Another statement, "Move Pathfinder intact to the empty Boren school building. They can keep their program an alternative one plus they will have plenty of room to grow because Boren is a much larger building than Cooper."
What? Did you go to any of the meetings where we spoke of the many, many reasons why Boren would not work for our program? The huge size was one of them. Maybe we sound "greedy" to you, but just as Cooper fought for a new building, we would like the same. Pathfinder is a wonderful program, many times the only one that works for many kids, and I wish people would get to know our community before saying such rude and hurtful things. We are a diverse community (by the way, I am not rich, or even middle class!!), and love all of our children, no matter the race. Cheers to the Cooper community members who are trying to be helpful in this matter, instead of flinging hurtful barbs.

Lisa said...

Anonymous,
Your message is lost in your insults. As a Pathfinder parent and community member for 8 years my children have sat next to, made friends with and become educated with wonderful children from all walks of life, from all over the world. This is something we as a community are very proud of and a main reason I chose to send my child to Seattle Public Schools. Your comments are counter productive to helping the community you care about. And as offensive as you find the idea of Pathfinder moving to Cooper you have sunk to levels as low with your mean spirited comments directed at a community you know so little about. "You don't know a man until you've walked two moons in his moccasins." You are making sweeping generalizations based on little knowledge of our intentions. If you would be courageous enough to reveal your identity possibly you would count your words before you spoke. It is easy to say mean things when you personally will not live the consequence of your words.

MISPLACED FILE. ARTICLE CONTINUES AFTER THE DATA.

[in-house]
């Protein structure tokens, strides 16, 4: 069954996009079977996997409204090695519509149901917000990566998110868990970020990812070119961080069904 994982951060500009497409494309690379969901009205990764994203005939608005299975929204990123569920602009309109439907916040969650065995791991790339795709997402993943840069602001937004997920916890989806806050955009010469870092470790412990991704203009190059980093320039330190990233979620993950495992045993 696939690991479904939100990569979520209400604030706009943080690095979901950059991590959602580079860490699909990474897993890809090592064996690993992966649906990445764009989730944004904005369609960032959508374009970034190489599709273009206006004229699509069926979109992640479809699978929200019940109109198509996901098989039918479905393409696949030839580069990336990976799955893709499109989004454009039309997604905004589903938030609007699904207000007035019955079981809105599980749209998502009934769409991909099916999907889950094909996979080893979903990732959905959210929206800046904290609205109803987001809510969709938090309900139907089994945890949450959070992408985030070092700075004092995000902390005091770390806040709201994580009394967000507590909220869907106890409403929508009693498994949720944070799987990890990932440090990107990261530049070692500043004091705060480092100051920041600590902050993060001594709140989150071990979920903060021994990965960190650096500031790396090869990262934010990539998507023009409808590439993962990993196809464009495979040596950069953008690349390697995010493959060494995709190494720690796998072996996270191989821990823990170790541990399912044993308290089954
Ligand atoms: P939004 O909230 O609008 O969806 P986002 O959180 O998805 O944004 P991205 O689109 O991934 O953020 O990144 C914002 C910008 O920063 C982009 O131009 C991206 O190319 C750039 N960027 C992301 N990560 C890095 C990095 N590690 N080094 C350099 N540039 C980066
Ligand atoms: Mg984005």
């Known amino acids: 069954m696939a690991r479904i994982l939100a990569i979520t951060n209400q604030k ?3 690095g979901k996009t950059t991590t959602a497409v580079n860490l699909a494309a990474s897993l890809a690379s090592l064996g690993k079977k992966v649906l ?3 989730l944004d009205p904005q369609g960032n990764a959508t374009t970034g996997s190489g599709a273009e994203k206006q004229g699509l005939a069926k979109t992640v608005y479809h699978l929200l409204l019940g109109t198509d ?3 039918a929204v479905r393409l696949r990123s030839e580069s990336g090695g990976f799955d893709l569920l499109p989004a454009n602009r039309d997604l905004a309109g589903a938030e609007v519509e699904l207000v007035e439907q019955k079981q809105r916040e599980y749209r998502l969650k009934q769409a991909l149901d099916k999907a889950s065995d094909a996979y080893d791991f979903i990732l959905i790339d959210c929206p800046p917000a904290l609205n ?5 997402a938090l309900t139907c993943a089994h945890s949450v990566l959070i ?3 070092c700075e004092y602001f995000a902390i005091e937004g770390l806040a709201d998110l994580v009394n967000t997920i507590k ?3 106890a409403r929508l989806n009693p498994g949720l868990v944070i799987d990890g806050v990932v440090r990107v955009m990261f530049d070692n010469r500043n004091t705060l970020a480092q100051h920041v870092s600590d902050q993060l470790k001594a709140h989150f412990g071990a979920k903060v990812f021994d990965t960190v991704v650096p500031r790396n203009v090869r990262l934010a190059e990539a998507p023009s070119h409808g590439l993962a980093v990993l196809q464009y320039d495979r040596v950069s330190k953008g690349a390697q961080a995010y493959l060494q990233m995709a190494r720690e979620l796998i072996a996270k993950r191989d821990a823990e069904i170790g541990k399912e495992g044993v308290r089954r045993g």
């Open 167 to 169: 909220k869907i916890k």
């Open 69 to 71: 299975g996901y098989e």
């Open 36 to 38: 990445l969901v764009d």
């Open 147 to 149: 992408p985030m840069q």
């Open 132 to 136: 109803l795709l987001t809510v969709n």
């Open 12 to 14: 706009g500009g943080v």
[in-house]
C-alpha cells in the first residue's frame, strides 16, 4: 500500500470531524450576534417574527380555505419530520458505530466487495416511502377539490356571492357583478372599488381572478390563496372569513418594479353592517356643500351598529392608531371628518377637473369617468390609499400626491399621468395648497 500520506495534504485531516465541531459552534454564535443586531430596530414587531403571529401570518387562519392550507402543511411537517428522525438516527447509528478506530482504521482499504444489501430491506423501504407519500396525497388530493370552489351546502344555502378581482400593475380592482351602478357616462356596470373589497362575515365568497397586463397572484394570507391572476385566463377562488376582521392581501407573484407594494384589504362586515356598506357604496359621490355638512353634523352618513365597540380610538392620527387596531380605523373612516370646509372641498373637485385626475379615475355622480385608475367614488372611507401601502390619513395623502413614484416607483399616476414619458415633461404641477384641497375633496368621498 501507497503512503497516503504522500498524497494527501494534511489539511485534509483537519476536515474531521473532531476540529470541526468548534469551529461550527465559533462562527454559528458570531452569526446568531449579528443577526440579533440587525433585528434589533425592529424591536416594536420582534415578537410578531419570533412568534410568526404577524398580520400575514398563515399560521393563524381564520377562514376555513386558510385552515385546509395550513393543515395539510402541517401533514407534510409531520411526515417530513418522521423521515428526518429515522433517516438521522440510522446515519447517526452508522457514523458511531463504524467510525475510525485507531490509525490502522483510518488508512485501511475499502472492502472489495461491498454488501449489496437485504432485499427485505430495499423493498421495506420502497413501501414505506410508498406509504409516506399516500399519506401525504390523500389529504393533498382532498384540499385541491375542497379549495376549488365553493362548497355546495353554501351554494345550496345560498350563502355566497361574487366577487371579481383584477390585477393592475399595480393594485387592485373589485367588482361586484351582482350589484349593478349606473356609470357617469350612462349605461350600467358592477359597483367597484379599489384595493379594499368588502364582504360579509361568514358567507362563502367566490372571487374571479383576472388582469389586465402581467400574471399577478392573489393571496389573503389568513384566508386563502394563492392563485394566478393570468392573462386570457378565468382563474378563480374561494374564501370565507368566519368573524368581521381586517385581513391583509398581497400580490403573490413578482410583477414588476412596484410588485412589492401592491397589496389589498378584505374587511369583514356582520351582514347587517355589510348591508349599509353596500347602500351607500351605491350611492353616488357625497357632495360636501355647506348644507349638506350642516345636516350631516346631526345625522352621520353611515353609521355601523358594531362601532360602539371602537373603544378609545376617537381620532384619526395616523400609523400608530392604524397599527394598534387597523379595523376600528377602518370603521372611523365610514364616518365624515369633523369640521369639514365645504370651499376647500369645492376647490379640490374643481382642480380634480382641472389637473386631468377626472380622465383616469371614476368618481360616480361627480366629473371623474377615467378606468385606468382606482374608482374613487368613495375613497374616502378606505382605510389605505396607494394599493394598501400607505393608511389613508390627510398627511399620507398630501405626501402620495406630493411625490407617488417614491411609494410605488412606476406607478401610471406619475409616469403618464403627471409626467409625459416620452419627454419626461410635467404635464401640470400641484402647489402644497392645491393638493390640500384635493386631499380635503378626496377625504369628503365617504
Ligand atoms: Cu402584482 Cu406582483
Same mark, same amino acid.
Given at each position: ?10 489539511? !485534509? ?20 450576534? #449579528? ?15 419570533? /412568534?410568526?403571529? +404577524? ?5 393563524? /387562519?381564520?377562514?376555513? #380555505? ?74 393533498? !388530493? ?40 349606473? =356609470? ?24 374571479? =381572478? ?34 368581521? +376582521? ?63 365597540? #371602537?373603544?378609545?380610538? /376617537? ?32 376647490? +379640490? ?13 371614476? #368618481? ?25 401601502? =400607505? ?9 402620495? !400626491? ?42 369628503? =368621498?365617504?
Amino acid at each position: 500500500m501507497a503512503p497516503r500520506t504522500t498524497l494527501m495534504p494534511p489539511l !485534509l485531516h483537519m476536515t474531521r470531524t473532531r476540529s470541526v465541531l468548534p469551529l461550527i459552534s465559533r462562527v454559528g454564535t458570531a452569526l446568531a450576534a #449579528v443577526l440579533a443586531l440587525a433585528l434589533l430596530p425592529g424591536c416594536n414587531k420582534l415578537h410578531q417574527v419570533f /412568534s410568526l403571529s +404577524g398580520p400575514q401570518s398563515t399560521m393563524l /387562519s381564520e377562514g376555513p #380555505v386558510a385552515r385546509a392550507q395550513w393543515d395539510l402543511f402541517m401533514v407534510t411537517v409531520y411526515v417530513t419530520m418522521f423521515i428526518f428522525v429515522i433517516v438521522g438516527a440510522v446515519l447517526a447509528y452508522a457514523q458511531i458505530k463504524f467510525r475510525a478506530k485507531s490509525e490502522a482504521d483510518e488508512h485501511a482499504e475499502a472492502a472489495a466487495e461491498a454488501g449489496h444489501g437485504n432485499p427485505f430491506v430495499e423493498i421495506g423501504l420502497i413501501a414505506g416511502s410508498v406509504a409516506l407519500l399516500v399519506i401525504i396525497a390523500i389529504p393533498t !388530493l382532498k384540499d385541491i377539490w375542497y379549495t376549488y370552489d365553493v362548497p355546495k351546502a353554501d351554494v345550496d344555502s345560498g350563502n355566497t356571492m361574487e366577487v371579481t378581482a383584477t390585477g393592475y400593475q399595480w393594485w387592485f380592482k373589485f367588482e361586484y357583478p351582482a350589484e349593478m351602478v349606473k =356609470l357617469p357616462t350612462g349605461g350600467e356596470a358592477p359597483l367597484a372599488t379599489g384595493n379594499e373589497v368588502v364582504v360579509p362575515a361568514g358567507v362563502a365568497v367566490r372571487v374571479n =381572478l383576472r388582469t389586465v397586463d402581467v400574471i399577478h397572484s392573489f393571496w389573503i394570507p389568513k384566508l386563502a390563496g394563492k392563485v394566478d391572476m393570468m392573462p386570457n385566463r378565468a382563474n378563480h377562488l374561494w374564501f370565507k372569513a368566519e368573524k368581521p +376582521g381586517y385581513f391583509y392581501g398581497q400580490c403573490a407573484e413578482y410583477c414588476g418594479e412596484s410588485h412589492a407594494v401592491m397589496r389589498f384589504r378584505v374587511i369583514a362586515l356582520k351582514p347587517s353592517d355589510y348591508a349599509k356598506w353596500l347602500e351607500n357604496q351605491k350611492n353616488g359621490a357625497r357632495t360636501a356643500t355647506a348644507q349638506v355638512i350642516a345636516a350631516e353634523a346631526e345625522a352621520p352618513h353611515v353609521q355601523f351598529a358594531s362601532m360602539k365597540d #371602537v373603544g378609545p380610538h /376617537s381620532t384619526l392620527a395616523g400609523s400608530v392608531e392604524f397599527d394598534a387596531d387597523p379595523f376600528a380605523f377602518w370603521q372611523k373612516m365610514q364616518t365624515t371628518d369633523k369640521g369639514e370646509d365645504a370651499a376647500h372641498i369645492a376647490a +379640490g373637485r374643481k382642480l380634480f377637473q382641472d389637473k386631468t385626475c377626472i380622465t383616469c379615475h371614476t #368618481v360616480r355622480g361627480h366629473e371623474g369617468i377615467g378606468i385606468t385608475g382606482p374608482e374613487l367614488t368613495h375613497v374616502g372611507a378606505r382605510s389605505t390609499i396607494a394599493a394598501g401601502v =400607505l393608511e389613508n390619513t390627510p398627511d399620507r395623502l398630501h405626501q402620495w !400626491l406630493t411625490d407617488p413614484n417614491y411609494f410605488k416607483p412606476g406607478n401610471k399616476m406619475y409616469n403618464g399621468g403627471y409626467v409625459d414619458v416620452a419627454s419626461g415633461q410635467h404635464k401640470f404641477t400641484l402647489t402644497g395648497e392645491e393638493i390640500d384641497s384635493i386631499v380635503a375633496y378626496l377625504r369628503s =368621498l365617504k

Anonymous said...

I love you Lisa Gluckman! Very well said.
I would like to state that Pathfinder is very concerned that there may be no more alt ed left in West Seattle if this merger takes place - there are many traditional schools for the children to choose from - but if the merger takes place like the superintendent (in his latest "clarifications") intends, there will be no alt ed left for us here.

Anonymous said...

anonymous said "by a bunch of pushy, rich parents too cheap to send their kids to private schools."